In addition to having a Contract of Employment with each Employee, it is usual practice to have a Company Handbook providing guidance and explanation of various issues that are not necessarily detailed in the Contract. The Handbook should be referred to in the Contract, and the Employee should sign to confirm they have read it and are familiar with its content (a copy is usually provided to each Employee when they start their Employment).
Topics such as Grievance Procedures, Company Policies, Disciplinary Procedures etc can sometimes be very detailed so having a company handbook can be a very useful tool in a workplace so that everyone is clear on what to do and if/when something is not adhered to or if someone has a problem.
From an Employee’s point of view, if they are not happy about something in the work place, they may wish to raise a grievance. The Company Handbook needs to detail how and when the Employee should raise a grievance and who they need to raise it with. If such a matter arises, the Company Handbook should detail how that Grievance will be dealt with by the Employer and what the Employee can do if they are not happy at the end of the Grievance Procedure.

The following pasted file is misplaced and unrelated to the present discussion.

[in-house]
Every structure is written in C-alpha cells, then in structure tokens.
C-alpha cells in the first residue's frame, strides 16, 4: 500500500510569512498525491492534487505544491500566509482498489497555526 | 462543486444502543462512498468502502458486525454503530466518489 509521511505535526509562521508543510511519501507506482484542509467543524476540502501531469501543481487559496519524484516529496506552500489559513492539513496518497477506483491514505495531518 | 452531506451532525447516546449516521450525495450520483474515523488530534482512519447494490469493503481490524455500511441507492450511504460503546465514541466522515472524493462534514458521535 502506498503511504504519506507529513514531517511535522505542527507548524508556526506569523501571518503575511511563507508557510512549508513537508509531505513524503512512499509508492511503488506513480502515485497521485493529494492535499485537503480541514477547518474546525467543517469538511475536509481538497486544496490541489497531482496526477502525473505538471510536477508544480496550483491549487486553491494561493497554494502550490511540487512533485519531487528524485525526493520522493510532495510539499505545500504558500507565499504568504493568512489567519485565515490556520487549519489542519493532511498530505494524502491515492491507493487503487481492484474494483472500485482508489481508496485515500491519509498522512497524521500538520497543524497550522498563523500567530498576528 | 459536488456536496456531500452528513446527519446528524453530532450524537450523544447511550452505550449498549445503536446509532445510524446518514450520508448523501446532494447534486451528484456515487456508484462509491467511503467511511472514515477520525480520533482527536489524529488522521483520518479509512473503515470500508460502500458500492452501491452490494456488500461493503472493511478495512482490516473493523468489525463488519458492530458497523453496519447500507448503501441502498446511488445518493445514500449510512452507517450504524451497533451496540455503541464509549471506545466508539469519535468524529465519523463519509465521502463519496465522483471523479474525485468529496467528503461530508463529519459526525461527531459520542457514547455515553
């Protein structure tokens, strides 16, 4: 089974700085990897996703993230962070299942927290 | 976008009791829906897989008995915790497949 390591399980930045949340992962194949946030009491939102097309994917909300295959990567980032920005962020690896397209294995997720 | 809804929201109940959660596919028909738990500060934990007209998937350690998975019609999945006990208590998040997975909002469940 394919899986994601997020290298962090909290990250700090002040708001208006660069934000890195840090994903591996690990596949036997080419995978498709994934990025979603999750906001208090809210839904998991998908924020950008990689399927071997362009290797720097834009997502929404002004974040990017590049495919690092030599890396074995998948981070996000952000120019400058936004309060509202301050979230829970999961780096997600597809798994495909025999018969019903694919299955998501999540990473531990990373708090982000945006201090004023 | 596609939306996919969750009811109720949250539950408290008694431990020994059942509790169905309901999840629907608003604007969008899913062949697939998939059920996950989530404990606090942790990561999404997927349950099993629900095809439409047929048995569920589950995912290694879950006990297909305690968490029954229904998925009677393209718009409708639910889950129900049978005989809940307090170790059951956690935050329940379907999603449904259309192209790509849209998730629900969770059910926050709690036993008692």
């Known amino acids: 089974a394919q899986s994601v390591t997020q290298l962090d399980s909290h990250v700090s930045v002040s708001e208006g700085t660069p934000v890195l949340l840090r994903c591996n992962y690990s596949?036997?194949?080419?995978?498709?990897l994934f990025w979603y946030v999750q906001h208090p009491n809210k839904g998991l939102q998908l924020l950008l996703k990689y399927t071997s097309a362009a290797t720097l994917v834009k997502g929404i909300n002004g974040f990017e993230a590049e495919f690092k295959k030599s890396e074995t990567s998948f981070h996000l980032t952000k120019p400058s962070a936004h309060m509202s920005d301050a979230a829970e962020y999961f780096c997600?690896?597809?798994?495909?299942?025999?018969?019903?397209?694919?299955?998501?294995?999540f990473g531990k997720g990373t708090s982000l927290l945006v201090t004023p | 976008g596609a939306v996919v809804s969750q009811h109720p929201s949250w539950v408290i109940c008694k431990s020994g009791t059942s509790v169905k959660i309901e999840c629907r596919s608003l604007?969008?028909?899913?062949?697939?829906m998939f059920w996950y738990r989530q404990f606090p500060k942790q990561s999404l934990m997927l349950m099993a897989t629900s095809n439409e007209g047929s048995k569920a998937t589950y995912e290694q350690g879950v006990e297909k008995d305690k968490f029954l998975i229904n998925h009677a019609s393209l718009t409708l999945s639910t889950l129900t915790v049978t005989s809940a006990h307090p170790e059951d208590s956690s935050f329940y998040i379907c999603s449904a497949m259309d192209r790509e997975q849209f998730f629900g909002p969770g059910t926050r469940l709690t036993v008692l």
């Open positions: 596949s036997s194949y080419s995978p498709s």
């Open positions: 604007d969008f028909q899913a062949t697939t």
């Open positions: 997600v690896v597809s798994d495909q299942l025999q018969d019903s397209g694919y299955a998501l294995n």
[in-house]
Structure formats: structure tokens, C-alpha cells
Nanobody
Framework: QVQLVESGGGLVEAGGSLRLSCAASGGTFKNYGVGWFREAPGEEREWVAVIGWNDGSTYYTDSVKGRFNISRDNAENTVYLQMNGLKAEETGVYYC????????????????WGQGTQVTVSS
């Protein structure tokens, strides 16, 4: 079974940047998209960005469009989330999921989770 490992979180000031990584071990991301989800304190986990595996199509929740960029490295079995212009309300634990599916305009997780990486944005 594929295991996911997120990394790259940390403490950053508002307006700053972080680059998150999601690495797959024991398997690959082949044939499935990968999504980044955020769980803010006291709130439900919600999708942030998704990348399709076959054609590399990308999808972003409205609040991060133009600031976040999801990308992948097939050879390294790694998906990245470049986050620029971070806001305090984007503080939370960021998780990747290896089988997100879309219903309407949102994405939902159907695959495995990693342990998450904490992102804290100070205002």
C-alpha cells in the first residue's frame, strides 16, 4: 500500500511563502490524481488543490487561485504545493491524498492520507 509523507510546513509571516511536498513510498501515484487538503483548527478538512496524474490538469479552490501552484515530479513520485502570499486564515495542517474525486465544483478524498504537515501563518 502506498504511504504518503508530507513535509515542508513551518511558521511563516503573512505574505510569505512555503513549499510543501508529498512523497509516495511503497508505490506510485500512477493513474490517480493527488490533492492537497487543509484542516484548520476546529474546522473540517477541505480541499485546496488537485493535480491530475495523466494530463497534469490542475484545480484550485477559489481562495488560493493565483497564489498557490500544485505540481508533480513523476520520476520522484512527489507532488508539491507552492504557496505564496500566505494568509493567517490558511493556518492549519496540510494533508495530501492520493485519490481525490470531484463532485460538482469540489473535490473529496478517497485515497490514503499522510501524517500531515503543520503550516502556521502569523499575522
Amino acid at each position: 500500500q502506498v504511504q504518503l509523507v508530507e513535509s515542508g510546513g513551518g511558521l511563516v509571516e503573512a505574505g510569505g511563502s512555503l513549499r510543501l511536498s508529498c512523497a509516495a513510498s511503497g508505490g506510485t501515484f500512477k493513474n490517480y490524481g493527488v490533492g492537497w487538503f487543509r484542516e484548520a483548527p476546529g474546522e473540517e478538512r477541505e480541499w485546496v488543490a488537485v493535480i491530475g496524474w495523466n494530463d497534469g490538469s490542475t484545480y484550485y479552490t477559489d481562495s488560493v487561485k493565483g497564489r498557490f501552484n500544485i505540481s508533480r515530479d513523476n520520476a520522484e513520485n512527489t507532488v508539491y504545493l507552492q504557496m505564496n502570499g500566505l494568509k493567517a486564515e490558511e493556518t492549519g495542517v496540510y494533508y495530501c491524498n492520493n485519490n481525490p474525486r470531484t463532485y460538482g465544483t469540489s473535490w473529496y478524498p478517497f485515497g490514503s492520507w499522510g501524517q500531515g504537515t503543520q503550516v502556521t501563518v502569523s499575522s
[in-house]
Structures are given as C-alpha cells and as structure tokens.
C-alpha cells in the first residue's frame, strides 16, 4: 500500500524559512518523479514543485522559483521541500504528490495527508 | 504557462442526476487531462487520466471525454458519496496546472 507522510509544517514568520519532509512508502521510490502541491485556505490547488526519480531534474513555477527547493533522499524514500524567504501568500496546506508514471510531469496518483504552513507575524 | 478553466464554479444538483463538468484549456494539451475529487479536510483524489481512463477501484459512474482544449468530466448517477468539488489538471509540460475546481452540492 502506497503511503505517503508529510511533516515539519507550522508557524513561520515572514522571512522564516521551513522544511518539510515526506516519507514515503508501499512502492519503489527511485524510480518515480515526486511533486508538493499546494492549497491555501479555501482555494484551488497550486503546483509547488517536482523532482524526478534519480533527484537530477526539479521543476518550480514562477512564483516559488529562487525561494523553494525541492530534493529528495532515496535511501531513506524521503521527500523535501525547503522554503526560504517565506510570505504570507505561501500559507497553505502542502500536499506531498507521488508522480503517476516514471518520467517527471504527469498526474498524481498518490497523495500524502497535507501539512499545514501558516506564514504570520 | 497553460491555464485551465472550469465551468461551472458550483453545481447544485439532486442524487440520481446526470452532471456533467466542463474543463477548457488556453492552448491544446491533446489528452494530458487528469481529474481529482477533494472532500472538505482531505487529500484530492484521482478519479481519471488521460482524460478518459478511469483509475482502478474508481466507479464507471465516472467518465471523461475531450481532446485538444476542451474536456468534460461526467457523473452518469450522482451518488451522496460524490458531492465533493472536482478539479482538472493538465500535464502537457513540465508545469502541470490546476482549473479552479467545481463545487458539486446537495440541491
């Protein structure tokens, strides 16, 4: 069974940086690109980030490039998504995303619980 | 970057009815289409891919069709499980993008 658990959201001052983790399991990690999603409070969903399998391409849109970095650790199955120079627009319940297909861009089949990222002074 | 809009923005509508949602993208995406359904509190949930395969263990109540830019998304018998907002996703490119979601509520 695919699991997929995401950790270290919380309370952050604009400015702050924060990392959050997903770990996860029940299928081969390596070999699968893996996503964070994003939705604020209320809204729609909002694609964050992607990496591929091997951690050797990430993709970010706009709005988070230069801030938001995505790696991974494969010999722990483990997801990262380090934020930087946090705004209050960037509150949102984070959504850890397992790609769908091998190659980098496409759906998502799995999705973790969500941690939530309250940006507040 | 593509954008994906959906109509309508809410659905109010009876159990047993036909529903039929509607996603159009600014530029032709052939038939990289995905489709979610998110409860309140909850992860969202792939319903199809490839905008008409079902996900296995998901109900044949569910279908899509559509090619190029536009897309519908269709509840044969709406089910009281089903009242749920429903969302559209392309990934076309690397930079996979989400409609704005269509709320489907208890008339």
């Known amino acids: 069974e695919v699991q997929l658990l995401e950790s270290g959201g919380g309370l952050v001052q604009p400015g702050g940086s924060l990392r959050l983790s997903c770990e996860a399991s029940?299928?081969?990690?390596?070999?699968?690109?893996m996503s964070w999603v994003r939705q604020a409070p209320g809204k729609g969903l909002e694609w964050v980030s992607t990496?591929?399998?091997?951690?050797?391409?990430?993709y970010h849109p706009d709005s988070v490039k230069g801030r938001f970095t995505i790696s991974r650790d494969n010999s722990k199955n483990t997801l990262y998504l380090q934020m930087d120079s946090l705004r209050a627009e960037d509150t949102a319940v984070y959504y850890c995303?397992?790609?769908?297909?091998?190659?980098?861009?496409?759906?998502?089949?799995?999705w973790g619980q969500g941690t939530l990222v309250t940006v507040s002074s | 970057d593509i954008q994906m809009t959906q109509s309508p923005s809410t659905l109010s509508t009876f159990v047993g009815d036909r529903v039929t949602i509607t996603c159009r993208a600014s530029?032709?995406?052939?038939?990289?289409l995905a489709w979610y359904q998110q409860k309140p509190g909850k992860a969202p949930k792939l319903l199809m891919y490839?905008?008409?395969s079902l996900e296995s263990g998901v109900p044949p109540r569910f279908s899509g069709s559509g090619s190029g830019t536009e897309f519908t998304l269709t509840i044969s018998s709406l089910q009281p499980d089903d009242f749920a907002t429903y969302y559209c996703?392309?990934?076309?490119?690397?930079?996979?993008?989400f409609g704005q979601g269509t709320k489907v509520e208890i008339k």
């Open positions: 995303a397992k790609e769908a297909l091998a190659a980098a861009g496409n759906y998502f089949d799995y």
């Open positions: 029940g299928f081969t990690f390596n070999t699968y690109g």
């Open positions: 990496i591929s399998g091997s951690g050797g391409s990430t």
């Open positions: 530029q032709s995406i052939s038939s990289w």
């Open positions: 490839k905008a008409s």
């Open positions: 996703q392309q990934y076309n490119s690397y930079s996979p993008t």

Similarly, if an Employee is for example, in breach of a Company Policy and disciplinary action is required, the Company Handbook should detail the disciplinary procedure and also the effect of verbal warnings, written warnings, and gross misconduct leading to dismissal etc.
If any of these issues arise in the workplace, it would be a lot better for both parties to resolve the matter as quickly as possible with a fair and understood outcome. This will hopefully prevent claims being submitted to the Employment Tribunal and also possible uplifts in compensation being claimed, if you have failed to adhere to the terms of the ACAS Code of Practice 2009.